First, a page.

GCHQ spying revelations
Banksy 'Spy Booth' mural in Cheltenham Getty Images

Surveillance carried out by the UK on its own citizens and others around the world must become more transparent and face tougher regulation, says a group of British intelligence chiefs and privacy experts.

Revelations of worldwide bulk surveillance made by US intelligence contractor Edward Snowden in 2013 "has had the effect of making this debate much more urgent," said Michael Clarke, director general of the Royal United Services Institute (RUSI).

"The British public are entitled to some answers following the disclosures," concludes Clarke and others, such as Lord Jonathan Evans, former director general of the security service MI5, in a new report released on 14 July. It suggests a raft of changes in UK new surveillance laws.

It is the last of three documents that will shape the UK's the new laws being set forth this September. The document will go directly to prime minister David Cameron for consideration.

"Time is of the essence," said one of the report's authors Jeffrey Rooker as the recommendations were released early Tuesday. "We need a draft bill by September with a proper bill by February."

A key recommendation is that government ministers should be allowed to sign off on surveillance warrants. But those need to be scrutinized through judicial review "checking its reasonableness and lawfulness," said Sir David Omand, an author of the report and director of the UK's signals intelligence agency GCHQ from 1996-97. The judicial review, the report directs, should take place before the warrant is carried out.

Edward Snowden
Edward Snowden Getty

Right now UK ministers sign off on warrants and a judicial watchdog reviews just 10% of all warrants passing through the system later on.

The recommendation differs from UK independent surveillance watchdog David Anderson QC's report A Question Of Trust released in June. Anderson indicated that ministers should be cut out of signing warrants. Afterward he said that he appreciated RUSI's approach and that the government would be more likely to take it up.

"Most of the opinions that they expressed I think were very close to those ... in my own report," Anderson said. "The government has a pretty strong steer as to the direction things are going to have to go — and that's the direction of radical change."

Anderson singled out the UK's 2000 law called the Regulation of Investigatory Powers Act (RIPA) as being "patched up so many times as to make it incomprehensible" in his report. The current domestic spying laws are "undemocratic, unnecessary and – in the long run – intolerable," he wrote.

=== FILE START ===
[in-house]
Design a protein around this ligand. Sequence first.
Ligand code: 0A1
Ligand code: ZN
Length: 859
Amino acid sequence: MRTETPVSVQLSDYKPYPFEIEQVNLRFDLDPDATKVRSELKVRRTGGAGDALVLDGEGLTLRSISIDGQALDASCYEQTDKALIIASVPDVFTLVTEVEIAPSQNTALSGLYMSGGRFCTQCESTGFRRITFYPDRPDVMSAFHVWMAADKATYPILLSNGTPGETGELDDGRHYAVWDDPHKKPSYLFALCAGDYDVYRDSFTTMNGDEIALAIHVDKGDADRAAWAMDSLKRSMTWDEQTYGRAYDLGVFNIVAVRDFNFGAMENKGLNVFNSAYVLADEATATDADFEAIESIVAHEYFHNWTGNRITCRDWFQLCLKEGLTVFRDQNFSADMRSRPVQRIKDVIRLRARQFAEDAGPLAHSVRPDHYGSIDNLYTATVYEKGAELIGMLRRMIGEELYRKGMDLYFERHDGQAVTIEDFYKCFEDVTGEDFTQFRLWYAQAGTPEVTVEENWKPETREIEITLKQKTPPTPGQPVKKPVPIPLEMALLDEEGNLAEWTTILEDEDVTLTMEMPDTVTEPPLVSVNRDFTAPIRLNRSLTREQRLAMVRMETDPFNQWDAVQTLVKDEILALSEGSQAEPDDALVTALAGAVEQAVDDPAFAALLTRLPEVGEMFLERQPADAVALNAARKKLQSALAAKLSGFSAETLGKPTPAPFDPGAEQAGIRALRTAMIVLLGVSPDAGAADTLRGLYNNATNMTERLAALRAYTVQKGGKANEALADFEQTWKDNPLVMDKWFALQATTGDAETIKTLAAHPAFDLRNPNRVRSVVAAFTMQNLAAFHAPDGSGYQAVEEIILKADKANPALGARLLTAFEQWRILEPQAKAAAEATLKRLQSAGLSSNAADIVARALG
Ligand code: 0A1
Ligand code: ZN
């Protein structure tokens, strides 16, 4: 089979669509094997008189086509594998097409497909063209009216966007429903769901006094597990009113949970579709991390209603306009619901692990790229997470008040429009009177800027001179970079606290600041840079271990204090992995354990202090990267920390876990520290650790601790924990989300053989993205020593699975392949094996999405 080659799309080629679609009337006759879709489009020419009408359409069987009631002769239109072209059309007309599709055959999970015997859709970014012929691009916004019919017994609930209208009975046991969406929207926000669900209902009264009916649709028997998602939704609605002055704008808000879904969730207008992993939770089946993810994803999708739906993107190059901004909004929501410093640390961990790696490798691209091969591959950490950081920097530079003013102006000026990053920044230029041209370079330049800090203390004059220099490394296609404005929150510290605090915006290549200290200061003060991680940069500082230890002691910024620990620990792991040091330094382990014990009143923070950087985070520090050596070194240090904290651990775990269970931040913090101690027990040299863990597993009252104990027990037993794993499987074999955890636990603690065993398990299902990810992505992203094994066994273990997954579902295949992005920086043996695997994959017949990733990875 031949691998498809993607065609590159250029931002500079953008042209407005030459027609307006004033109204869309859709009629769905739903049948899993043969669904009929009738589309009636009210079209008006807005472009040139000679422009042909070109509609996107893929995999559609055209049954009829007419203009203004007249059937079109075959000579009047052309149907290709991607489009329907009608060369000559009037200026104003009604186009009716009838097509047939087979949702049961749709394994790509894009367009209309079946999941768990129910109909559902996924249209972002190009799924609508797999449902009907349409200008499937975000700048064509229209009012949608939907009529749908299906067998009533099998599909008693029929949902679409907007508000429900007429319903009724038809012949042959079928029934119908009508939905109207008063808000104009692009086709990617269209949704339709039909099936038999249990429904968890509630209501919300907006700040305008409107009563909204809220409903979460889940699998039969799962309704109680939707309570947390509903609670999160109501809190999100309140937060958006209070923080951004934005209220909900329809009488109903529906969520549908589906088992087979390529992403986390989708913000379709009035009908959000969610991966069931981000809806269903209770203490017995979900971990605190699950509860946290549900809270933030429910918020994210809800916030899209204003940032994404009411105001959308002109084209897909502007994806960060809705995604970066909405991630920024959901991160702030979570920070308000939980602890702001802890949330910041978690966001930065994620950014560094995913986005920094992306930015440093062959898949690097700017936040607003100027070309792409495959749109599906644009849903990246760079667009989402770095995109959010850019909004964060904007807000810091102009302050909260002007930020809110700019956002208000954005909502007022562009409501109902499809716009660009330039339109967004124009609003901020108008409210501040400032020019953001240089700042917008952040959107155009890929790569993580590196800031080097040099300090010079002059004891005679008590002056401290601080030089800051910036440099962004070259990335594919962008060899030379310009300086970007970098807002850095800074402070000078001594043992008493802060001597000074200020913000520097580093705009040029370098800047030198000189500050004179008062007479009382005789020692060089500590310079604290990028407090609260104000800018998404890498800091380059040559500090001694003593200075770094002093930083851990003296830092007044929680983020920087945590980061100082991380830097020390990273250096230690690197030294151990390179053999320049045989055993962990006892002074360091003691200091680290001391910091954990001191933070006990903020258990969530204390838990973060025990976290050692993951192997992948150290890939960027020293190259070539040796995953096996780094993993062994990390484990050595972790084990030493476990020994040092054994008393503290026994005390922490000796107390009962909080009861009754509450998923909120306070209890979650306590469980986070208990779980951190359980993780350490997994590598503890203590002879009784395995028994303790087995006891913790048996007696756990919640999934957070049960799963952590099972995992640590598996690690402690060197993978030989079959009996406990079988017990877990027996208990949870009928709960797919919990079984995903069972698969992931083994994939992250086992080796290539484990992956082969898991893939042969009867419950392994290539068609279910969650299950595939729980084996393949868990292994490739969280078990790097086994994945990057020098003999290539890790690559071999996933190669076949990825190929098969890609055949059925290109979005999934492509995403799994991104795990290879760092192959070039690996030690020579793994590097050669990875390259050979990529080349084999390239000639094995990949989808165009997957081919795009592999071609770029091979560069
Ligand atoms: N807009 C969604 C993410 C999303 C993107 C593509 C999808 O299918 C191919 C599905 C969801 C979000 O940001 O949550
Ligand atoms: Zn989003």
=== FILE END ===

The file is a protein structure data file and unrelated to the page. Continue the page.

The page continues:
The new RUSI report agrees with Anderson that this law and others relating to domestic surveillance "should be replaced by a comprehensive new law".

The report reaches toward putting strict rules around intrusion into citizens' private lives and allowing secret evidence presented in an Investigatory Powers Tribunal to be challenged by lawyers.

Whether or not the government takes up the report's findings depends on "how determined the government is in making the judicial element work," said Clarke.

'Credibility gap'

Snowden's revelations in 2013 of programs like the UK's formerly secret Tempora program — which saves large amounts of bulk Internet data — in the Guardian and Washington Post have created a "credibility gap" between government and the public, the panel said.

In these programs, however, the group saw "no evidence that the British government knowingly acts illegally in intercepting private communications".

Yet Snowden's disclosures of the secret programs in his release of the large volumes of government documents has created a situation that "is radically different and the public has greater expectations of openness and transparency in government."

"It is not sufficient for the government to assume it has public consent for the secret parts of its work just because it had it in the past."